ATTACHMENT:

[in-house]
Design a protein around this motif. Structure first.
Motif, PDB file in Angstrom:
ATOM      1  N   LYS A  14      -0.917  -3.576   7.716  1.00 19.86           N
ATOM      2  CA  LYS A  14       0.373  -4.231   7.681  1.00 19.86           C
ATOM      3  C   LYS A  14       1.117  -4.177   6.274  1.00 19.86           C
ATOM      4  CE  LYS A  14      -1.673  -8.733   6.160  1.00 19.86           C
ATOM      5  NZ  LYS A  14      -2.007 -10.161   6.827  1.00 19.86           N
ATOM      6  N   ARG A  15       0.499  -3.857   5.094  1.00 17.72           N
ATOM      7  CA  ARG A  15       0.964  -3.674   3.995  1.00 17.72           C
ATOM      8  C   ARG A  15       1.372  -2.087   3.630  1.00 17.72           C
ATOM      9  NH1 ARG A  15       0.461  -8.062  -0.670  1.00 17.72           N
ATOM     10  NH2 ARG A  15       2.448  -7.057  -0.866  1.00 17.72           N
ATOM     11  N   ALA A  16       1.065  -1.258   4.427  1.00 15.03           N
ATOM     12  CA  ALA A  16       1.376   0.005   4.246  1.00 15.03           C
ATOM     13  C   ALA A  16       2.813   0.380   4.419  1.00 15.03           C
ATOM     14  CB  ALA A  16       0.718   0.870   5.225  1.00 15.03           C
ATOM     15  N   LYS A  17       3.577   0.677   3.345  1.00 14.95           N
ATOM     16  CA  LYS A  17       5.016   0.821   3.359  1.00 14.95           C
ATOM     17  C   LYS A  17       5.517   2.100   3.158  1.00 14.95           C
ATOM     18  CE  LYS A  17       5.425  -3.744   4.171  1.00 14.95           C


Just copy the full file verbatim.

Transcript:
[in-house]
Design a protein around this motif. Structure first.
Motif, PDB file in Angstrom:
ATOM      1  N   LYS A  14      -0.917  -3.576   7.716  1.00 19.86           N
ATOM      2  CA  LYS A  14       0.373  -4.231   7.681  1.00 19.86           C
ATOM      3  C   LYS A  14       1.117  -4.177   6.274  1.00 19.86           C
ATOM      4  CE  LYS A  14      -1.673  -8.733   6.160  1.00 19.86           C
ATOM      5  NZ  LYS A  14      -2.007 -10.161   6.827  1.00 19.86           N
ATOM      6  N   ARG A  15       0.499  -3.857   5.094  1.00 17.72           N
ATOM      7  CA  ARG A  15       0.964  -3.674   3.995  1.00 17.72           C
ATOM      8  C   ARG A  15       1.372  -2.087   3.630  1.00 17.72           C
ATOM      9  NH1 ARG A  15       0.461  -8.062  -0.670  1.00 17.72           N
ATOM     10  NH2 ARG A  15       2.448  -7.057  -0.866  1.00 17.72           N
ATOM     11  N   ALA A  16       1.065  -1.258   4.427  1.00 15.03           N
ATOM     12  CA  ALA A  16       1.376   0.005   4.246  1.00 15.03           C
ATOM     13  C   ALA A  16       2.813   0.380   4.419  1.00 15.03           C
ATOM     14  CB  ALA A  16       0.718   0.870   5.225  1.00 15.03           C
ATOM     15  N   LYS A  17       3.577   0.677   3.345  1.00 14.95           N
ATOM     16  CA  LYS A  17       5.016   0.821   3.359  1.00 14.95           C
ATOM     17  C   LYS A  17       5.517   2.100   3.158  1.00 14.95           C
ATOM     18  CE  LYS A  17       5.425  -3.744   4.171  1.00 14.95           C